Capua intractana (Walk.), Char. Het., p. 83 (1869).
This Australian species must now be placed on the New Zealand list. During February and March, 1923, nine or ten of each sex were taken at light. The species is small and obscure, but (owing to its habit of coming to light) it is hardly likely to have been passed over if it had previously occurred in any numbers. In Australia C. intractana is widely distributed, being found in Queensland, New South Wales, Victoria, and South Australia. A short description is appended, which may assist New Zealand lepidopterists to recognize the species.
♂, 11–13 mm.; ♀, 14–17 mm. Forewings rather broad, costa strongly arched, termen straight, oblique; dull brown mixed with ochreous, especially in female; costal patch in male small, ochreous, confined to costal half and frequently obsolete; in female dark brown, margin obliquely outwards to above middle, thence angled sharply inwards; following this is an ochreous fascia, dilated dorsally, usually absent in male; a sub-terminal ochreous fascia, triangularly dilated, on upper half. The markings are often indistinct and frequently absent. Hindwings fuscous-grey with paler mottling.
Epichorista abdita n. sp. (Fig. 2, D and E.)
♂. 11 ½–13 mm. Head, palpi, and thorax bright reddish - ochreous. Antennae in male ciliated, 1 ½. Abdomen dark fuscous. Legs ochreous-whitish, tarsal segments annulated with fuscous. Forewings, costa strongly arched at base, apex rectangular, termen very slightly oblique, rounded beneath; bright ochreous-reddish; markings very obscure; five or six fuscous dots on basal half of costa; traces of some leaden-white fasciae at ⅓ apical half of wing with numerous obscure waved leaden-white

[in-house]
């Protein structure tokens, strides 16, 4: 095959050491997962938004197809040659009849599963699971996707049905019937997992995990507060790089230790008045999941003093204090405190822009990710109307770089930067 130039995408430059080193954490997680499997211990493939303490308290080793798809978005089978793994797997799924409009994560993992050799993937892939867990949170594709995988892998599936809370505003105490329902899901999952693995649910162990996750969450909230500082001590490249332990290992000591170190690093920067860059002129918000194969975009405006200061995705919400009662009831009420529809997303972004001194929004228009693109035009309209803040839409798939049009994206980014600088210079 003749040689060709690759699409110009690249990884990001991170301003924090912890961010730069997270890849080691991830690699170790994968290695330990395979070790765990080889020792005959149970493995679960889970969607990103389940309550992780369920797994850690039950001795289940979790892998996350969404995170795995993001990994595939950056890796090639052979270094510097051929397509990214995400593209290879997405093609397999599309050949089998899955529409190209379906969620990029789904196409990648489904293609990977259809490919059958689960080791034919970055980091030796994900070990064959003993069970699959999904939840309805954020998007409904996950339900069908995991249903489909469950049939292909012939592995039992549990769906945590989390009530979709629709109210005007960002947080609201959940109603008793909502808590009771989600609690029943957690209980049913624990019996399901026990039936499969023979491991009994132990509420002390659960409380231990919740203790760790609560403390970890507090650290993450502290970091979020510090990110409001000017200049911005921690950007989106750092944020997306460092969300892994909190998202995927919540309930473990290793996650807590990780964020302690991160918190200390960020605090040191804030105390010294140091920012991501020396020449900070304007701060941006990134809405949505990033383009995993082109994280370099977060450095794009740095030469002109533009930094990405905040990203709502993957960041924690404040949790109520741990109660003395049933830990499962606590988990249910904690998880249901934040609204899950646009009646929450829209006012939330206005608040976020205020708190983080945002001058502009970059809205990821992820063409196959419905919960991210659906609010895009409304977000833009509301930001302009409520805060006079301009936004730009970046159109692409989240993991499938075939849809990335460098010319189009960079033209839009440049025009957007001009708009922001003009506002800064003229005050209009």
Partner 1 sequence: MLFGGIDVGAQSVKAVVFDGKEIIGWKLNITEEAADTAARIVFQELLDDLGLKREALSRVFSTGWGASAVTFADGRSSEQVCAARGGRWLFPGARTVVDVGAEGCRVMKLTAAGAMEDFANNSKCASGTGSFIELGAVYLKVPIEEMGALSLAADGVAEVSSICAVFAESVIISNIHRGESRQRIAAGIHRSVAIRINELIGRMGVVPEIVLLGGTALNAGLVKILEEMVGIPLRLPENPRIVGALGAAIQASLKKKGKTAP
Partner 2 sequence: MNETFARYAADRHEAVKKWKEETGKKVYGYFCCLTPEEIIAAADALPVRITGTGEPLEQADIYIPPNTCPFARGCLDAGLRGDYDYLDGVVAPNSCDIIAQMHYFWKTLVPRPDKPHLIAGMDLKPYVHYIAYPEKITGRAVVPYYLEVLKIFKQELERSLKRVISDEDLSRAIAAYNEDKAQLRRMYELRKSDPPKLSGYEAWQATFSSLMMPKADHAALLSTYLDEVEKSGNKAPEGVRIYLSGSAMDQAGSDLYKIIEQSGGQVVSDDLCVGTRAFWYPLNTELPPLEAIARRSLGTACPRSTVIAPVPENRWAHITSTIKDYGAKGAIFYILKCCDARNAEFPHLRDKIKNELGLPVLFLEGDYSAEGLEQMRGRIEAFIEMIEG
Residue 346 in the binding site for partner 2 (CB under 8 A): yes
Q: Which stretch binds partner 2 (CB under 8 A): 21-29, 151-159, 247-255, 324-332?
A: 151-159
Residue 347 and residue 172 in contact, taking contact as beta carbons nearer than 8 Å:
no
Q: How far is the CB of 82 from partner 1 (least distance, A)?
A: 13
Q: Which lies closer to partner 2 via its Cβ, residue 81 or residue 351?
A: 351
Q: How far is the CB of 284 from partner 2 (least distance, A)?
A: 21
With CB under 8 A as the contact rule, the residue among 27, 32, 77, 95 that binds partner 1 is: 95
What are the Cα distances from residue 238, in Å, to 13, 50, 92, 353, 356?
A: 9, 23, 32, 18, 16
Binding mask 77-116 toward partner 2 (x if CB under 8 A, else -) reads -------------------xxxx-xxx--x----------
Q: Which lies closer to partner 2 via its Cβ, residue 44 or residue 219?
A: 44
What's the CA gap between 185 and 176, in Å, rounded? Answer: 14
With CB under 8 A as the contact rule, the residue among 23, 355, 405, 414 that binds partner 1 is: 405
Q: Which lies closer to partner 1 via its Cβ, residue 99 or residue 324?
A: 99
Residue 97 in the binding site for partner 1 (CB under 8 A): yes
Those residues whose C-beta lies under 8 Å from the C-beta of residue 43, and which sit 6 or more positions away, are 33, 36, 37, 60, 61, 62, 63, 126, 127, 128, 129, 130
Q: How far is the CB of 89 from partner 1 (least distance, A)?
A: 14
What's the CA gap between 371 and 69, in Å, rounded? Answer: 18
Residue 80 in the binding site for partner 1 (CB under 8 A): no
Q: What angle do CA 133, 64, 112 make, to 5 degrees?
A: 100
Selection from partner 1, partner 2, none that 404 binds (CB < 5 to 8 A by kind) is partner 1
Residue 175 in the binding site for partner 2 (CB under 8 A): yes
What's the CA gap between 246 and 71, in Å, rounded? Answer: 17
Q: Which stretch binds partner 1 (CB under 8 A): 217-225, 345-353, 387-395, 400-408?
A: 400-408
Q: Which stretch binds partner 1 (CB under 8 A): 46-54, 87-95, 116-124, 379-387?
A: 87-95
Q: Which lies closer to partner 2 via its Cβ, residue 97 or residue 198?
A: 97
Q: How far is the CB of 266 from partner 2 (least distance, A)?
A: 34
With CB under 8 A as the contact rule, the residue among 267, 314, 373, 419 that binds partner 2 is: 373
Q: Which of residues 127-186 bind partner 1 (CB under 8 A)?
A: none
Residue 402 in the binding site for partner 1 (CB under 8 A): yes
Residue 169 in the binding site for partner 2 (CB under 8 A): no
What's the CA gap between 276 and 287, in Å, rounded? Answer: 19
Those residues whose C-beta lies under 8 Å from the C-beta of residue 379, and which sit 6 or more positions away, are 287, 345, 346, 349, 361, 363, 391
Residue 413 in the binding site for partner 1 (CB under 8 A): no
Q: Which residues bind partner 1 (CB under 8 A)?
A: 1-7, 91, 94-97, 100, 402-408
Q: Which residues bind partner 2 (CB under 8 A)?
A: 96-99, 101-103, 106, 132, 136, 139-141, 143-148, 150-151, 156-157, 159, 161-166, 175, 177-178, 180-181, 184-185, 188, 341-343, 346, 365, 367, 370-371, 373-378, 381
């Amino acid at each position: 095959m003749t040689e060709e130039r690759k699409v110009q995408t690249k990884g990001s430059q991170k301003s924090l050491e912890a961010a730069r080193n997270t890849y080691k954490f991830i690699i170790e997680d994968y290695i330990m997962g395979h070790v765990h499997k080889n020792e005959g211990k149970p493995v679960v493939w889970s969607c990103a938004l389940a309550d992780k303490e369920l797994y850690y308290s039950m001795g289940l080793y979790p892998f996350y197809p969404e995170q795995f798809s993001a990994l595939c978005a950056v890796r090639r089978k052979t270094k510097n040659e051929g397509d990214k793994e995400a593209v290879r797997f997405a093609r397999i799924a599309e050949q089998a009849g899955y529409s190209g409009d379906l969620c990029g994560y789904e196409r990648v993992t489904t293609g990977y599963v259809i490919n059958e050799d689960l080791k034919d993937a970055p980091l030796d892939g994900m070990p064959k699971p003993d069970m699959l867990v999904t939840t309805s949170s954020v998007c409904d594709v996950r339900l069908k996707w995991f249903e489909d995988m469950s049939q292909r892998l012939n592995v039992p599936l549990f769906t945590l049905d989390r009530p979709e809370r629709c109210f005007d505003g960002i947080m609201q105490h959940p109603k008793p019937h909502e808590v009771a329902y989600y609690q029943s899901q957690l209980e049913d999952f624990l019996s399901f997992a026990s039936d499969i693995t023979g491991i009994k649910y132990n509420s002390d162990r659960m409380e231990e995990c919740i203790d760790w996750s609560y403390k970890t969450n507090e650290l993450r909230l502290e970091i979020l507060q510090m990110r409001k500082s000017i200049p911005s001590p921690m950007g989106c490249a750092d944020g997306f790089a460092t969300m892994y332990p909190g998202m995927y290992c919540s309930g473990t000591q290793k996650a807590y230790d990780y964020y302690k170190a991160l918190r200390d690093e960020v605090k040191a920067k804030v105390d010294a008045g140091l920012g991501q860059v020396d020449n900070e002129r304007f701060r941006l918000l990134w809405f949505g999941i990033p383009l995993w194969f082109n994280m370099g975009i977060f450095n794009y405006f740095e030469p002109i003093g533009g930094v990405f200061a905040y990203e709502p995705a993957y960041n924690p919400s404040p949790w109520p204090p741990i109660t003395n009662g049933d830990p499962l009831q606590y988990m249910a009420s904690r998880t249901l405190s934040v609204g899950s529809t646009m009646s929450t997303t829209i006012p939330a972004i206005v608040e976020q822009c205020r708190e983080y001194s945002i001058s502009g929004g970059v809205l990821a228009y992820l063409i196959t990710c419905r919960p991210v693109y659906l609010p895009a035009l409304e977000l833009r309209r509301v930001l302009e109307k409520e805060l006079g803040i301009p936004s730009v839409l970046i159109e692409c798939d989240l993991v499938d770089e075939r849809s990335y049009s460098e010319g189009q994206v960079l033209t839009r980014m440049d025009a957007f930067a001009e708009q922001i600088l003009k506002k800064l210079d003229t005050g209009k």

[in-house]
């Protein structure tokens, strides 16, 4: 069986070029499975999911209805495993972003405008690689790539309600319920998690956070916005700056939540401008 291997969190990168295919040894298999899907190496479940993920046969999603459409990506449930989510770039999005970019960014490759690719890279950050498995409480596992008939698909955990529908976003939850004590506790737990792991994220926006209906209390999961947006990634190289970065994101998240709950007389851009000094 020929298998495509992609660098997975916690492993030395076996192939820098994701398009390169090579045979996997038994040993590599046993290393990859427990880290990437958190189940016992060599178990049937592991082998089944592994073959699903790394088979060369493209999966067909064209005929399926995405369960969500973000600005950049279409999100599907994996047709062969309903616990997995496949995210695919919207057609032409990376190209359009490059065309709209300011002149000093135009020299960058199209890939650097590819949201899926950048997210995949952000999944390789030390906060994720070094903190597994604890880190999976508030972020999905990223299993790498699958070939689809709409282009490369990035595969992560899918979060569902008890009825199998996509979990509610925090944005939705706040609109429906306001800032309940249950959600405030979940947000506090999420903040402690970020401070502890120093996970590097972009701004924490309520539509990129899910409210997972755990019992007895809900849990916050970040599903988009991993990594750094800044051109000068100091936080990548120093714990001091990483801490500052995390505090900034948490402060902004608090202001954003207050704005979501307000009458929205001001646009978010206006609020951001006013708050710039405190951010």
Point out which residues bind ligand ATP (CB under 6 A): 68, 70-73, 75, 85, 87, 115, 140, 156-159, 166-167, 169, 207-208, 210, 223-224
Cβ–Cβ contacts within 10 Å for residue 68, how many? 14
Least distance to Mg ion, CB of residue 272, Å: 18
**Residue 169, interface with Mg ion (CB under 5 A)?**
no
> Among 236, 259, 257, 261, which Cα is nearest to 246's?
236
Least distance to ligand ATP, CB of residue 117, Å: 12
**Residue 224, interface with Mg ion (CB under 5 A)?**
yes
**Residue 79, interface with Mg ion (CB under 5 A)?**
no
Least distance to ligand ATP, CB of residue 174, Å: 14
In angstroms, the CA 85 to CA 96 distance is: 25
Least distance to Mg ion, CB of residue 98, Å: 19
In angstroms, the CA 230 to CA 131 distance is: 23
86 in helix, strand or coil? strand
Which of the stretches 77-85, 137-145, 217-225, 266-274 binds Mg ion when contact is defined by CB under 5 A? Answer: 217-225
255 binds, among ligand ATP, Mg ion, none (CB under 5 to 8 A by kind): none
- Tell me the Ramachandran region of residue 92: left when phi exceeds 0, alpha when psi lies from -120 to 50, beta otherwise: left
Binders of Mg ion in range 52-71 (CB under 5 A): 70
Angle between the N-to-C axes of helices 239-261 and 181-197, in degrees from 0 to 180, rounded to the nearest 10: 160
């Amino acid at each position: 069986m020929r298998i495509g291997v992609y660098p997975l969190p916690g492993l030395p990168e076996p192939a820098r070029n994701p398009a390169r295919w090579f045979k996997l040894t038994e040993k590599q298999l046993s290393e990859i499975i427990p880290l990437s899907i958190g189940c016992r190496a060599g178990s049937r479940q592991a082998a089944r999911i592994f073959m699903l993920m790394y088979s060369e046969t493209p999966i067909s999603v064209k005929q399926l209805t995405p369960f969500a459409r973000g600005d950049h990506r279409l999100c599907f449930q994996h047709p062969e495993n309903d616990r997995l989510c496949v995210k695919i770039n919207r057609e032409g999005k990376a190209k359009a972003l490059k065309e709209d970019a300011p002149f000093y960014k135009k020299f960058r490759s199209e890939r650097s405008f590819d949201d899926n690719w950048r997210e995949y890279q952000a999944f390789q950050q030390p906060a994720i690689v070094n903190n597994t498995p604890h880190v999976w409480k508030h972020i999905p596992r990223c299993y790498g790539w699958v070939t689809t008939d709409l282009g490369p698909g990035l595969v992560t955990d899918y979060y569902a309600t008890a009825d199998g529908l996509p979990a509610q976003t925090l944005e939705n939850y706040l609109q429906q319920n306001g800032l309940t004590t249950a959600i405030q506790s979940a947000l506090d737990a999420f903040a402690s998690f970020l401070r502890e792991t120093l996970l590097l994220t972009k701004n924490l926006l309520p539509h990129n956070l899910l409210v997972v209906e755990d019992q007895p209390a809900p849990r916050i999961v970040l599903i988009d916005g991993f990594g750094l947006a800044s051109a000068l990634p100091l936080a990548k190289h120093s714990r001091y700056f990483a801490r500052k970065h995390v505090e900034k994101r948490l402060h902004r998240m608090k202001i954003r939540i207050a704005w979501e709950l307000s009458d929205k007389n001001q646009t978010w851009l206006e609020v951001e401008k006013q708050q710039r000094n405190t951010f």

fasciae, visible only under magnification; central fascia indicated by a clear reddish area on costa at middle: fringes ochreous-reddish, tips paler. Hindwings dark fuscous: fringes greyish-fuscous, with basal band and the tips round termen tinged with ochreous.
In one example the markings are quite obsolete and the ground-colour is much paler.
Fig. 1.—A. Melanchra mutans (Walk.). Inner view of valva.
B. Melanchra furtiva n. sp. Inner view of valva.
Fig. 2.—A. Epichorista emphanes (Meyr.). Lateral view of tegumen. B. Inner view of valva. C. Ventral view of tegumen.
D. Epichorista abdita n. sp. Lateral view of tegumen. E. Inner view of valva.
Superficially very like some varieties of E. emphanes (Meyr.), but a smaller and duller species; the longer antennal ciliations form a good distinguishing structural character.
Mount Arthur tableland, during the first week in March. Five males taken in open country at an elevation of 4,500 ft. Holotype (♂) and three paratypes in coll. Cawthron Institute.